The Dragons advised that the plans diverge, much as they diverge from Gaia, and be similar but not the same. That way each could inspire their own Exalted as they saw fit from the plans as they stood now, tweaking warriors to the fight against the authors of the world as each saw fit. Against Autochthon's objections of lessening interchangeability, Sol ordered it so. And so the Charms and Natures of the Exalted diverged and become nigh unknowable to one another.
    Thus did Sol take the input of all before him and craft the first among the Exalted, most perfect, most excellent and most Holy. No further imperfections were placed in his Exalted which only magnified the ones that already existed – a Limit condition became part of every Solar Exaltation. Satisfied with his effort, Sol was proud of his children.
    Thus did Luna twist the plans away from their current state to craft the Exalted nearly the match for Sol's. To honor Sol's demand of supremacy and out of her love of Gaia and the purpose she drew from such a relationship she bound every Lunar Exaltation to a Solar Shard so that they would know love and purpose. In a spate of creativity she invented Knacks. In defiance she allowed her children to learn the secrets of the Fae. But doing so added instability linked to the moon, such that the full moon further adds to the flaw of Limit.
    Thus did the Maidens become more miserly and more generous at the same time. Alone among the conspirators they dwindled the number called for in the Exalted plans from 300 to 100. Then they excised the power to craft new Charms. Only then did they give their more manageable and predictable children the power to weave the Loom of Fate through the collages, the Greater Signs, and a gift of deep understanding regarding the Martial Arts. They strengthened the way the Sidereal Exaltation finds its host by choosing at the moment the host's thread is created.
    Power over the Loom melded with an adherence to Virtue and became another way to accrue Limit. The Greater Signs stowed away an odd Limit-enhancing feature when in groups. Pairing an Exaltation and its host at birth ensured the moment of Exaltation would go exactly as planned, but also forced the Sidereal's fates in many other moments. The nature of Limit break changed to become Flawed Fate, and has in that form had consequences as far reaching as any Limit Break of the other Celestial Exalted. Whether Oversight, Samsara, Maidens, Asna Firstborn or some emergent mentality of the Loom plan these fates is anyone's guess.
    The Dragons took the most radical departure, with the most radical results. Extolling the benefits of dynasties and wary of the Maiden's guidance on usurpation they weakened their children, Gaia's grandchildren, such that they might pass the blood of Exaltation to their progeny. They spread the power of their Exaltation thin by dividing the original 300 to 10,000. They strengthened the Castes and tying each to a Dragon such that they became Aspects. This had several consequences, resulting in an overall diminishement of potency in an individual Exalt. So far from the original design only glimmers of Perfection remained, and those hard-won, but the magnitude of the consequences of Limit waned with them such that the Dragon-Blooded accrue Limit slowly and release it with much less disastrous results. Much of the extended lifespan of the Exalted was lost in this spreading. But the whole, working in unison, remained as strong as before. And alone among the Exalted could their numbers increase. Yet alone among the Exalted they could become extinct before humanity.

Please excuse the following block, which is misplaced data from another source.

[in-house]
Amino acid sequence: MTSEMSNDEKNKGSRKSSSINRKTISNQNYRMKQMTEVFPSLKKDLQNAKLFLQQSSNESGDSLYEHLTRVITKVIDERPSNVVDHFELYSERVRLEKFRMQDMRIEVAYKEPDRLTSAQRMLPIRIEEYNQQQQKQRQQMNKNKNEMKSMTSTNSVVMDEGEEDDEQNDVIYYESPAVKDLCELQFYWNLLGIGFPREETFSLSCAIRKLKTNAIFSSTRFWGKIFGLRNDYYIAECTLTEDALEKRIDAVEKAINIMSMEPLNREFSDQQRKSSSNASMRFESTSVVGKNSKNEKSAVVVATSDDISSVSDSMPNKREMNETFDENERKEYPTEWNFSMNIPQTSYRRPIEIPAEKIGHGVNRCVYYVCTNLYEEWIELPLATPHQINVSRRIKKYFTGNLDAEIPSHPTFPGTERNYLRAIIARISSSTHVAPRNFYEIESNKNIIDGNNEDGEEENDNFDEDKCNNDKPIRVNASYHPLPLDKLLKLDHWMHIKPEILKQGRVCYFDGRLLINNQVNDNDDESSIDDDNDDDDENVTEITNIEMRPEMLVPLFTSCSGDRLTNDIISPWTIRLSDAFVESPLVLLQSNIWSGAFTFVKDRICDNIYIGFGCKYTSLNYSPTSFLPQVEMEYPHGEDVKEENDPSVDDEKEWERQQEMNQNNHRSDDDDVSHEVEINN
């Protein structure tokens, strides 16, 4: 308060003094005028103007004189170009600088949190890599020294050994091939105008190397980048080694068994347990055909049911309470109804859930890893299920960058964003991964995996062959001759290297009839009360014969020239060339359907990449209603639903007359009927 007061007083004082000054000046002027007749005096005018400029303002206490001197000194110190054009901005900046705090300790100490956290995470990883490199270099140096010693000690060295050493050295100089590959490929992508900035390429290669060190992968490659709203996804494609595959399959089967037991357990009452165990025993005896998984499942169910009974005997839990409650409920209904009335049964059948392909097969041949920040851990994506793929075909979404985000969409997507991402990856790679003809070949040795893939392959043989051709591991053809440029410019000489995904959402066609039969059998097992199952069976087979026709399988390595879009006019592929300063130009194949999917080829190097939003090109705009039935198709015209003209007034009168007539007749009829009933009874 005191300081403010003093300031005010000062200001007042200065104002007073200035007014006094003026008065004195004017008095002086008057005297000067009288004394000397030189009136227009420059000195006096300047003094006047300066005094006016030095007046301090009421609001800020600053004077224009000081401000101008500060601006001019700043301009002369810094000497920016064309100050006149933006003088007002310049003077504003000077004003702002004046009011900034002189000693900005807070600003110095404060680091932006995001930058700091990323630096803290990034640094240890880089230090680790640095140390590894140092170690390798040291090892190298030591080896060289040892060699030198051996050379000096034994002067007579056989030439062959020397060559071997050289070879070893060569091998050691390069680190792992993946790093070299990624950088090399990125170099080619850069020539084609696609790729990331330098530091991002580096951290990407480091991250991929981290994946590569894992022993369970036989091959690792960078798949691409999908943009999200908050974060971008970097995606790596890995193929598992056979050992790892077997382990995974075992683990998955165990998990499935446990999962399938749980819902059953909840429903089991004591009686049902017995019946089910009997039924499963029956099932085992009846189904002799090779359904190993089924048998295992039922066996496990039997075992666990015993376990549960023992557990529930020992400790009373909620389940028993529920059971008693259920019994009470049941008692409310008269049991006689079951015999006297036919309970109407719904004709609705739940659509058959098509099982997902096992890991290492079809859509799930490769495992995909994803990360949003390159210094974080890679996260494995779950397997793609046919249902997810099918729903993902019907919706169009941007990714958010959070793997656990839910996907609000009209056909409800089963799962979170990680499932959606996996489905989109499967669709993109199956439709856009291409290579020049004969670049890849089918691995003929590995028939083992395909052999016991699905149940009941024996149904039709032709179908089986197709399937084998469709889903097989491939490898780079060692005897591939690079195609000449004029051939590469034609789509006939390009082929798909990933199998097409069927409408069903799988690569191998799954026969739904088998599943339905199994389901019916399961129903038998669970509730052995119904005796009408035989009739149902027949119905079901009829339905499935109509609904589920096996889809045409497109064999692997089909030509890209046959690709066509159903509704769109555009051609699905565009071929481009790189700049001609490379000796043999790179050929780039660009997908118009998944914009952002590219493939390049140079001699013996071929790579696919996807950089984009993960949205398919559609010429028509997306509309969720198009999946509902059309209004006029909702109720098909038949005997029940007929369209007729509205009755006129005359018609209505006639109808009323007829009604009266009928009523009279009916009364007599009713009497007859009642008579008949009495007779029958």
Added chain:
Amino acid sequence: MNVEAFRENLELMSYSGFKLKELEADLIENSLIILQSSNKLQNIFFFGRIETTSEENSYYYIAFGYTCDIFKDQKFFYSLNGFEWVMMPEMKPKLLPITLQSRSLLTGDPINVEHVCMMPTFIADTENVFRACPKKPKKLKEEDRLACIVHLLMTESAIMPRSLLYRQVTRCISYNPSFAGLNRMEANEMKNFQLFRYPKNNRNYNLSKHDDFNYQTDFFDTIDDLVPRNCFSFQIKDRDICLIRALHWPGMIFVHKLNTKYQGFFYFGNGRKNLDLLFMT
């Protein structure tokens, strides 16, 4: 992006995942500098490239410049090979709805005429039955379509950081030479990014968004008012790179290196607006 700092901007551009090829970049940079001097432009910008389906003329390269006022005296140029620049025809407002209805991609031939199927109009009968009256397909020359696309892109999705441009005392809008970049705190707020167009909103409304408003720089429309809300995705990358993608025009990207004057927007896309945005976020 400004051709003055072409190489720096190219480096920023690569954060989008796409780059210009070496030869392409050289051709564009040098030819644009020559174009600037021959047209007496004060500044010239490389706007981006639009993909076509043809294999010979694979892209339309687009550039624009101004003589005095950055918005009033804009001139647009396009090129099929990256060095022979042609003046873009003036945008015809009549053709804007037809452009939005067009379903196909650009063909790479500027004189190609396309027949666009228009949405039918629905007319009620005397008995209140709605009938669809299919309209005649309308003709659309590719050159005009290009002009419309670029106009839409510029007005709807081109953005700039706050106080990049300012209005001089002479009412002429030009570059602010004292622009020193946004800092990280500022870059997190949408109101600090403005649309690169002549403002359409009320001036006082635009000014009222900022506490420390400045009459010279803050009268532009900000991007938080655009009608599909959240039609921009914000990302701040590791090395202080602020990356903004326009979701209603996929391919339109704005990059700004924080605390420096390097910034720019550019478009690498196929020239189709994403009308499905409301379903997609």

The conspirators may have tinkered further, but Sol was finished and ordered the next phase of the plan to go forth. Exaltations were released, hosts found, an army raised, a war fought and a world won.
    But that was not the end of the changes to the Exalted. Even before the perversions of Abyssals and Infernals were crafted did natures shift. Exaltation, it seems, remains malleable.
    No changes came to the Solars, their patron content with his work the first time around, unable to notice the flaw in his design, passed on to all the Exalted. He spent his days enjoying the games and his children, especially Merela. When his children disappointed him he thought not to question their design – for how could he craft something flawed? - and instead turned his face from Creation.
    When the Lunars were cast out to the edges of the world during the Usurpation extended Wyld exposure found a crack in armor of the Lunars and destroyed the Lunar Castes. Never ones to take their lumps lying down their ingenuity brought forth Moonsilver Tattoos, with lasting implications to the Castes.
    Shortly after the winning of the war the Sidereals were given a greater hand in guiding Fate. In granting the Sidereals mastery of the Loom with the aid of Asna Firstborn and her brood, the Maidens made the it clear to the Sidereals that the time for unlimited meddling in Fate was at an end. They would not begrudge the Sidereals their own Charms, but the use of the colleges and Greater Signs would henceforth be measured against the difficult task of weaving the loom handed down to the patternspiders. The Maidens made it clear they would not be troubled to personally correct the disturbances caused by their gifts by granting the pattern spiders a potent weapon to use against Fate's chosen in the form of Paradox.
    The Dragon-Blooded found that mixing their blood with that of mortals diluted the resultant Dragon-Blooded. Already less potent than their Celestial peers, the thinning of the blood was an unwelcome find and quickly made taboo. But the politics of the First Age along with the most human need of companionship conspired to sully the blood of nearly every Dragon-Blooded living. While a restoration of the blood to Legendary levels is possible through intense selective breeding or long-lost Charms, the Dragon-Blooded have not yet shown the will (and ruthlessness to cull their lesser peers) needed to make it so.